“The difficulty is that the Terrestrial is not at all the Globe,” Latour continues. “One cannot be materialist and rational in the same way in these two sites” (65-66). Indeed, “it is clear that one cannot praise rationality without recognizing to what extent it has been abused by the quest for the Global” (66): he notes the failure of modernization to take into account the reaction of the planet to human activity, the failure of economic theories premised on inexhaustible resources, the failure of our civilization to avoid making “a forecasting error so massive that it prevents parents from leaving an inhabited world to their children” (66). No wonder “rationality” has become a frightening word. “To restore a positive meaning to the words ‘realistic,’ ‘objective,’ ‘efficient,’ or ‘rational,’ we have to turn them away from the Global, where they have so clearly failed, and toward the Terrestrial,” he writes (66). The Globe, he notes, “grasps all things from far away, as if they were external to the social world and completely indifferent to human concerns,” whereas the Terrestrial “grasps the same structures from up close, as internal to the collectivities and sensitive to human actions, to which they react swiftly” (66-67). “The idea—the revolutionary idea—of grasping the earth as one planet among others . . . can be traced to the birth of the modern sciences,” he continues, including cartography and physics (67). Unfortunately, this idea “is also very easy to distort,” and “some thinkers go on to conclude that it is necessary to occupy, virtually, the vantage point of the universe to understand what is happening on this planet” (67). “Such a conclusion is in no way obligatory,” Latour contends. “No matter how far out they send their thoughts, researchers always have their feet firmly anchored in clay” (68).
Looking at the Earth from the outside “has the disadvantage of limiting to just a few movements . . . the whole gamut of movements grasped by the positive sciences,” Latour writes. “Yet on the Earth seen from the inside, there are many other forms of movements that have become harder and harder to take into account. Little by little, it has become more cumbersome to gain objective knowledge about a whole range of transformations: genesis, birth, growth, life, death, decay, metamorphoses” (68). “The detour by way of the outside introduced into the notion of ‘nature’ a confusion from which we have still not been extricated,” Latour suggests. “[N]ow, the word ‘natural’ is increasingly reserved for what makes it possible to follow a single type of movement viewed from the outside. This is also the meaning that the word has taken on in the expression ‘the natural sciences’” (68-69). Many scientists have decided to distance themselves from a range of phenomena, “to discern in all these easily accessible movements only those that one could have seen from Sirius,” and “[a]ll other movements have become subject to suspicion. Considered from the inside, on the Earth, they could not be scientific; they could not be really naturalized” (69). “If the planet has ended up moving away from the Terrestrial,” Latour continues,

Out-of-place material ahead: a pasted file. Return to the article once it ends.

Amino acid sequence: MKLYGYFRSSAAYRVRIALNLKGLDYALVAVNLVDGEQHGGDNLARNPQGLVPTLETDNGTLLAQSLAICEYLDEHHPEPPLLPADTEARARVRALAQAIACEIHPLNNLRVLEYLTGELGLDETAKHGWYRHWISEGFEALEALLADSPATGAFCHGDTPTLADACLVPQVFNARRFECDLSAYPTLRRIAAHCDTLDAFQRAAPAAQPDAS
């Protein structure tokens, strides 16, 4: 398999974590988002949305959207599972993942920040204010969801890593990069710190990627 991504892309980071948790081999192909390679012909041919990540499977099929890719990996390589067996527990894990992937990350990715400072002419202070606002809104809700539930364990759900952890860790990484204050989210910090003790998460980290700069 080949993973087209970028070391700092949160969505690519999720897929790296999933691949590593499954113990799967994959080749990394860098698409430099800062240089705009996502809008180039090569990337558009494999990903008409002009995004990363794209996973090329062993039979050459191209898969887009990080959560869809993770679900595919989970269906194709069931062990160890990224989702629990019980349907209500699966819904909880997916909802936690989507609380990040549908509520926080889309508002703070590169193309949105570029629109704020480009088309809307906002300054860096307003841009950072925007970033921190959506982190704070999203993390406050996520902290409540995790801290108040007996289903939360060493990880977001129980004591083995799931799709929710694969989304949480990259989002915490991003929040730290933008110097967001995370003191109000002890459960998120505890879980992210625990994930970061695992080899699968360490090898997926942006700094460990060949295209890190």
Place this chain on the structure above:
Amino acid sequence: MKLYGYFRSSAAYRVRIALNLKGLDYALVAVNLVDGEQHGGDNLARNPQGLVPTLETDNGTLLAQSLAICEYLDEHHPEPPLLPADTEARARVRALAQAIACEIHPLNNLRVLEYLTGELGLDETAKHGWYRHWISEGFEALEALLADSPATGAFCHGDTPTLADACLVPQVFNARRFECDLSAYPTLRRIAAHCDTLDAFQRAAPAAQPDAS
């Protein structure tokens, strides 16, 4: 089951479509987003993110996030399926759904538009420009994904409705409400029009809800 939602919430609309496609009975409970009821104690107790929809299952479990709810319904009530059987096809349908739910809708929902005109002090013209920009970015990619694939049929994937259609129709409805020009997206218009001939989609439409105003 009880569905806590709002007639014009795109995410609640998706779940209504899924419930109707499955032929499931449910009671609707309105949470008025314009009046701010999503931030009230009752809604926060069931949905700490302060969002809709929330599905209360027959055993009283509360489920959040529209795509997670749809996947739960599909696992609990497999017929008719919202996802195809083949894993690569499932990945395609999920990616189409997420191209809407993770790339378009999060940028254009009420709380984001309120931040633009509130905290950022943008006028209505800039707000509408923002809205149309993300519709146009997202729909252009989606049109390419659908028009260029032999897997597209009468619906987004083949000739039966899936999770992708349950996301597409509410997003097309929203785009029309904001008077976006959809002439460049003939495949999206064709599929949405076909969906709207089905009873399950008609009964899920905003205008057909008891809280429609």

it is because everything has happened as though nature seen from the universe had begun to replace, bit by bit—to cover over, to chase away—nature seen from the Earth, the nature that grasped, that could have grasped, that should have continued to include, all the phenomena of genesis.
The grandiose Galilean invention has come to take up all the space by making people forget that seeing the earth from Sirius is only a tiny part—even if the infinite universe is involved—of what we have the right to know positively. (70)
“The inevitable consequence,” for Latour, is that “we have begun to see less and less of what is happening on Earth” (70).
“Such a bifurcation between the real—external, objective, and knowable—and the inside—unreal, subjective, and unknowable—would have intimidated no one, or would have been taken for a simple exaggeration on the part of savants not very well acquainted with the realities here below,” Latour writes, “had it not been superimposed on the notorious vector of modernization” (70-71). “It is on this point that the two meanings, positive and negative, of the word ‘Global’ turn out to diverse entirely,” he continues:
The subjective side begins to be associated with the archaic and the outdated; the objective side with the modern and the progressive. Seeing things from the inside comes to have no value other than being traditional, intimate, archaic. Seeing things from the outside, on the contrary, becomes the only way to grasp the reality that counts, and, above all, the only way to orient oneself toward the future. (71)
This “brutal division” made “the illusion of the Global as the horizon of modernity” consistent (71). “From this point on it was necessary, even if one stayed in place, to shift one’s position virtually, bag and baggage, away from subjective and sensitive positions toward exclusively objective positions, finally freed of all sensitivity—or rather of sentimentality,” Latour states. “This is where, by contrast with the Global, the necessarily reactive, reflexive, nostalgic figure of the Local comes in” (71). The only way “to gain access to nature as an infinite universe” was to lose “one’s sensitivity to nature as process”: “To progress in modernity was to tear oneself away from the primordial soil and set out for the Great Outside, to become if not natural, at least naturalist” (71).
“Either one speaks of ‘nature,’ but then one is far away; or else one is close by, but one expresses only feelings,” Latour writes: